Union Budget 2022-23: Domestic gas prices, as governed by the modified Rangarajan formula, have remained low for many years
Increasing demand on one hand coupled with graded increments in the production and supply on the other by OPEC+ has pushed international crude oil prices to their highest levels since 2014, currently at around $88-89/bbl as of end-January 2022. Additionally, the global upstream Capex is expected to be muted in the medium term, despite the rally in prices due to uncertainty related to long-term oil prices, a transition towards low carbon emissions, and ESG goals of large oil and gas companies.
The under-investment upstream could lead to a structural shortage of oil and gas in the future which could keep prices elevated. At higher crude oil prices, the ad-valorem cess of 20 percent limits the realisations and cash accruals of domestic upstream companies compared to the earlier fixed cess per MT. Accordingly, the upstream industry has been demanding a downward revision in cess on crude oil production to improve earnings in a high crude oil price regime.
Additionally, domestic gas prices, as governed by the modified Rangarajan formula, have remained low for many years and are at $2.90/mmbtu for H2 FY2022. At such low gas prices, gas production remains a loss-making proposition for most fields. The absence of a floor and sustained low prices as has been seen in the past few years post-implementation of the modified Rangarajan formula make exploration and production unviable even in benign geologies. Accordingly, the upstream industry has been demanding a provision of a floor for gas prices.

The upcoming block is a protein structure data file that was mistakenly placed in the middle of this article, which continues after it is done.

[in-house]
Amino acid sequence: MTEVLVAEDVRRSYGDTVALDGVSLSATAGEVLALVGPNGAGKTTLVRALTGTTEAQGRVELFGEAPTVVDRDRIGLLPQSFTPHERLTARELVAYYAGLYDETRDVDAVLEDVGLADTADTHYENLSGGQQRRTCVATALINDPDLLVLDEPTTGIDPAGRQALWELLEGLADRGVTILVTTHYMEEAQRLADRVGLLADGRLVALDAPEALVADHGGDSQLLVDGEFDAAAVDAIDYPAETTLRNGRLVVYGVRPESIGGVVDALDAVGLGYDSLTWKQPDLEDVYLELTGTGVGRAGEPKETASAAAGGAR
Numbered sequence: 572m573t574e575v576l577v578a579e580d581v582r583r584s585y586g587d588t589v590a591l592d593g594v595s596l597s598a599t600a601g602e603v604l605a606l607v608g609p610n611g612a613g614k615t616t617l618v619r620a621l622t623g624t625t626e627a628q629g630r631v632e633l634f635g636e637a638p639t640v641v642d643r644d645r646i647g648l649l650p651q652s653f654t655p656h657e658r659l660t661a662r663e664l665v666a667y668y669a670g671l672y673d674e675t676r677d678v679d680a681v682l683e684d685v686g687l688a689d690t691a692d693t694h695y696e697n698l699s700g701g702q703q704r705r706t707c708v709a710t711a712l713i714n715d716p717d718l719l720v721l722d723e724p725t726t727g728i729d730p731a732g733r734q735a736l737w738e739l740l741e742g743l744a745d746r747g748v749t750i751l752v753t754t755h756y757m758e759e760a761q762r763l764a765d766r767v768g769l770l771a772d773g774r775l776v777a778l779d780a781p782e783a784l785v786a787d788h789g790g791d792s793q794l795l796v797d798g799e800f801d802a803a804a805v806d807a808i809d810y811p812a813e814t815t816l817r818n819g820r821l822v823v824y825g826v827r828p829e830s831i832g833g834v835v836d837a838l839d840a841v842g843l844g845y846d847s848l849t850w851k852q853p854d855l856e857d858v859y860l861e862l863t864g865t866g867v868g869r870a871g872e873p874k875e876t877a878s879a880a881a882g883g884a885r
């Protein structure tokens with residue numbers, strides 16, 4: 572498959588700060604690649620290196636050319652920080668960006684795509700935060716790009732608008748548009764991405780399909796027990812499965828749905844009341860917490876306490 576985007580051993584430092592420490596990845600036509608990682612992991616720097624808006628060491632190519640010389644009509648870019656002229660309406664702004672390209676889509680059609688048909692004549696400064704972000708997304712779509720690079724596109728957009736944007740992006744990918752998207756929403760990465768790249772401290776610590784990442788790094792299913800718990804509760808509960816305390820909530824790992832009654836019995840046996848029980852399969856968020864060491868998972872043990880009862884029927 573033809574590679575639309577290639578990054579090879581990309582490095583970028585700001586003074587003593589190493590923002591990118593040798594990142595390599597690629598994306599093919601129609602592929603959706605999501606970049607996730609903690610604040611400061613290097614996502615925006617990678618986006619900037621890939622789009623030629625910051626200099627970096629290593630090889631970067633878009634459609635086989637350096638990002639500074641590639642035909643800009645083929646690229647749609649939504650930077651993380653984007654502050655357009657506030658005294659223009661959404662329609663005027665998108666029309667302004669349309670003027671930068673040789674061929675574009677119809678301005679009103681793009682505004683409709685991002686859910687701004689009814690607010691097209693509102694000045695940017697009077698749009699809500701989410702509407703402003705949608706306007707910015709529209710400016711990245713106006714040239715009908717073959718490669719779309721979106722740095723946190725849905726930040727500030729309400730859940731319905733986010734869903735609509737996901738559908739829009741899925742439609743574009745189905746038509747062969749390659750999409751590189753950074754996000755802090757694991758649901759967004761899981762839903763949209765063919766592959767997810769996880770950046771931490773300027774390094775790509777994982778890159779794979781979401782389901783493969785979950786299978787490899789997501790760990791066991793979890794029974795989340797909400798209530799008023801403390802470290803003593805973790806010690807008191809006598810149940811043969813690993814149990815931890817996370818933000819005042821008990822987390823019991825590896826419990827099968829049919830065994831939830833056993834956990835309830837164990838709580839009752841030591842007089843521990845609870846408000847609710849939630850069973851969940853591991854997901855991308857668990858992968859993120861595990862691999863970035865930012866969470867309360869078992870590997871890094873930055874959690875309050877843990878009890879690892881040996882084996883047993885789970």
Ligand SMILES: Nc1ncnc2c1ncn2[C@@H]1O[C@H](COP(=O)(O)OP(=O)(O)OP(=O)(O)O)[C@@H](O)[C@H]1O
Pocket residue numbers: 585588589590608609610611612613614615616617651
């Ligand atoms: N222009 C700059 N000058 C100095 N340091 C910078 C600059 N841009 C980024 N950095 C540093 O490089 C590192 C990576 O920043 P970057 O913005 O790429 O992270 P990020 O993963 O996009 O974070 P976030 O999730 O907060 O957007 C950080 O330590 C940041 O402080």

The Upstream oil and gas industry is characterized by high Capex requirements owing to the natural decline exhibited by oil and gas fields due to which regular Capex must be undertaken to sustain and increase production. Accordingly, one of the key demands of the upstream industry has been the exemption of exploration and development activities from the levy of GST as the latter has the impact of bloating the Capex. Further, the levy of national calamity and contingent duty (NCCD) of Rs. 50/MT on import of crude oil introduced in 2003 for one year, has remained in force since then. The industry has been demanding the removal of NCCD.
Also, the industry wants the levy of GST removed from cost petroleum, profit petroleum, and royalty as these are not payments against any service and should not be subject to GST. The incidence of GST has an adverse impact on project profitability and returns and discourages incremental investments.
The industry has also been demanding that the government clarify the eligibility to avail a tax holiday under Section 80-IB of the Act and enumerate the definition of ‘mineral oil’ to include natural gas retrospectively.
Further, the oil and gas industry has been demanding that crude oil, natural gas, and petroleum products be brought under the GST. This would enable the free flow of credits, avoid stranded taxes and reduce the burden of compliance with multiple tax laws.
To promote the use of natural gas as fuel, the industry has been demanding exempting Liquified Natural Gas (LNG) from import duty as there is a shortage of domestic gas production and nearly half the gas consumed in the country is imported. Currently, LNG attracts 2.5 percent customs duty even as crude attracts nil duty.
The author is VP and Co-Group Head-Corporate Ratings, ICRA Limited. Views are personal.